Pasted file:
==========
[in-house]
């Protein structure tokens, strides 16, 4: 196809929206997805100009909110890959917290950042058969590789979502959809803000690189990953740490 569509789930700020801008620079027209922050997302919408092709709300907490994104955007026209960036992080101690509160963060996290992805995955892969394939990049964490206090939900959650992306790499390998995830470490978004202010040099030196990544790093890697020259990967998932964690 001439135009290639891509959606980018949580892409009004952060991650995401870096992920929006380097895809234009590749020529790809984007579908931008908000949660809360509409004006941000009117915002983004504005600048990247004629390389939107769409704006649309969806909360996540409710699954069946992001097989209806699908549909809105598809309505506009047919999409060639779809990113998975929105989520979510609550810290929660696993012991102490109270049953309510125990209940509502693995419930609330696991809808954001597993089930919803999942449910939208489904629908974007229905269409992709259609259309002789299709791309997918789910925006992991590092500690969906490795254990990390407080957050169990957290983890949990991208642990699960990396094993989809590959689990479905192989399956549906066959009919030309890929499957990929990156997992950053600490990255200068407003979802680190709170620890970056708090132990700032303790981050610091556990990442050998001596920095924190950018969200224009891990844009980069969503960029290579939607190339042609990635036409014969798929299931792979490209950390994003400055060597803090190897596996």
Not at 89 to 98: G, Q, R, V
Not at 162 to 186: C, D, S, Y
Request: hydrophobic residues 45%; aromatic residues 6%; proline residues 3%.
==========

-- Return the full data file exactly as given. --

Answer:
[in-house]
């Protein structure tokens, strides 16, 4: 196809929206997805100009909110890959917290950042058969590789979502959809803000690189990953740490 569509789930700020801008620079027209922050997302919408092709709300907490994104955007026209960036992080101690509160963060996290992805995955892969394939990049964490206090939900959650992306790499390998995830470490978004202010040099030196990544790093890697020259990967998932964690 001439135009290639891509959606980018949580892409009004952060991650995401870096992920929006380097895809234009590749020529790809984007579908931008908000949660809360509409004006941000009117915002983004504005600048990247004629390389939107769409704006649309969806909360996540409710699954069946992001097989209806699908549909809105598809309505506009047919999409060639779809990113998975929105989520979510609550810290929660696993012991102490109270049953309510125990209940509502693995419930609330696991809808954001597993089930919803999942449910939208489904629908974007229905269409992709259609259309002789299709791309997918789910925006992991590092500690969906490795254990990390407080957050169990957290983890949990991208642990699960990396094993989809590959689990479905192989399956549906066959009919030309890929499957990929990156997992950053600490990255200068407003979802680190709170620890970056708090132990700032303790981050610091556990990442050998001596920095924190950018969200224009891990844009980069969503960029290579939607190339042609990635036409014969798929299931792979490209950390994003400055060597803090190897596996």
Not at 89 to 98: G, Q, R, V
Not at 162 to 186: C, D, S, Y
Request: hydrophobic residues 45%; aromatic residues 6%; proline residues 3%.